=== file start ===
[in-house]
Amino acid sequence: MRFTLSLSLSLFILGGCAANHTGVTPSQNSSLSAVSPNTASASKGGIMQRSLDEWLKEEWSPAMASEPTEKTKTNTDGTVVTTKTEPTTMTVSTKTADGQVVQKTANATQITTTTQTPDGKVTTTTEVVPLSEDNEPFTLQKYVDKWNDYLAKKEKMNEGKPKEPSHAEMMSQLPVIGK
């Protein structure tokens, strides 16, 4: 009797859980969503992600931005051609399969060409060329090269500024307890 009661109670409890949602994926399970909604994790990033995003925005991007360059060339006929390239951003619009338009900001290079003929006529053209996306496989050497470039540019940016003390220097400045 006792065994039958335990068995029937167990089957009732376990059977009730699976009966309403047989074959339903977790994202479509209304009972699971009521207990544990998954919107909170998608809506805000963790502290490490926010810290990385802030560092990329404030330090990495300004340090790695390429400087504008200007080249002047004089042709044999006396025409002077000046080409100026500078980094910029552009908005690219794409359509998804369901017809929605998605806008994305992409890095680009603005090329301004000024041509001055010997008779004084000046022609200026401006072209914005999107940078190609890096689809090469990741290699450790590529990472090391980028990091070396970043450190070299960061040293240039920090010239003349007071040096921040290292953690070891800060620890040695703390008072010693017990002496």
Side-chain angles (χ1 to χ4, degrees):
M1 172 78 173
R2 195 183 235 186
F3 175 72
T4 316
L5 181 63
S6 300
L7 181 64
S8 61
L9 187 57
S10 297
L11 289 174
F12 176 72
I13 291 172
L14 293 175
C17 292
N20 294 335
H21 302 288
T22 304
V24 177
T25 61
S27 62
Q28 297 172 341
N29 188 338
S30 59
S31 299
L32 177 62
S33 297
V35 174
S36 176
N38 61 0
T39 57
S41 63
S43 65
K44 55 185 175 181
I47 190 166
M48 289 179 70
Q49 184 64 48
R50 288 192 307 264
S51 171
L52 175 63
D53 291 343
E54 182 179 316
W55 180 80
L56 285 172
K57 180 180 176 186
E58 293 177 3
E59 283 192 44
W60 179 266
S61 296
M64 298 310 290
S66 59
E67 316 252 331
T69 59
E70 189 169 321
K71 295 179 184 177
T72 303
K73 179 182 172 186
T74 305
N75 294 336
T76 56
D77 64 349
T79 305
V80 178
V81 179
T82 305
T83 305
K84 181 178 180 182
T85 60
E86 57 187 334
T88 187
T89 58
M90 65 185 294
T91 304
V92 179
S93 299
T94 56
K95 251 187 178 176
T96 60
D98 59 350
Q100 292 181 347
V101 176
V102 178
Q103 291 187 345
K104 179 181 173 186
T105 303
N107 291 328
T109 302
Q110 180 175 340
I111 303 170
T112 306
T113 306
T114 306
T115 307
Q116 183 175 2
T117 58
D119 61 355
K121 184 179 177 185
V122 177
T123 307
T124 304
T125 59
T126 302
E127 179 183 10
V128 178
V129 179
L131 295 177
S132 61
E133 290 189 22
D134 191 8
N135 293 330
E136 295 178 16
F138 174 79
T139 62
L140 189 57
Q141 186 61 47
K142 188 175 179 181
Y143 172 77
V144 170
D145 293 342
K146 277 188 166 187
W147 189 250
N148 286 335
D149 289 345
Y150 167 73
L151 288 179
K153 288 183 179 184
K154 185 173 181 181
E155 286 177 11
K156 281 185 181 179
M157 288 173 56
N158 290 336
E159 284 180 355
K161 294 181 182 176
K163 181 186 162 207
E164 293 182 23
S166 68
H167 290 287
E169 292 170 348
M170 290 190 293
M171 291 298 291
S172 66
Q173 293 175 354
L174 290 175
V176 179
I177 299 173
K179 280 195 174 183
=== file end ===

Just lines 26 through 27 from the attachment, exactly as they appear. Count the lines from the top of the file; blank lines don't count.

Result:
Q28 297 172 341
N29 188 338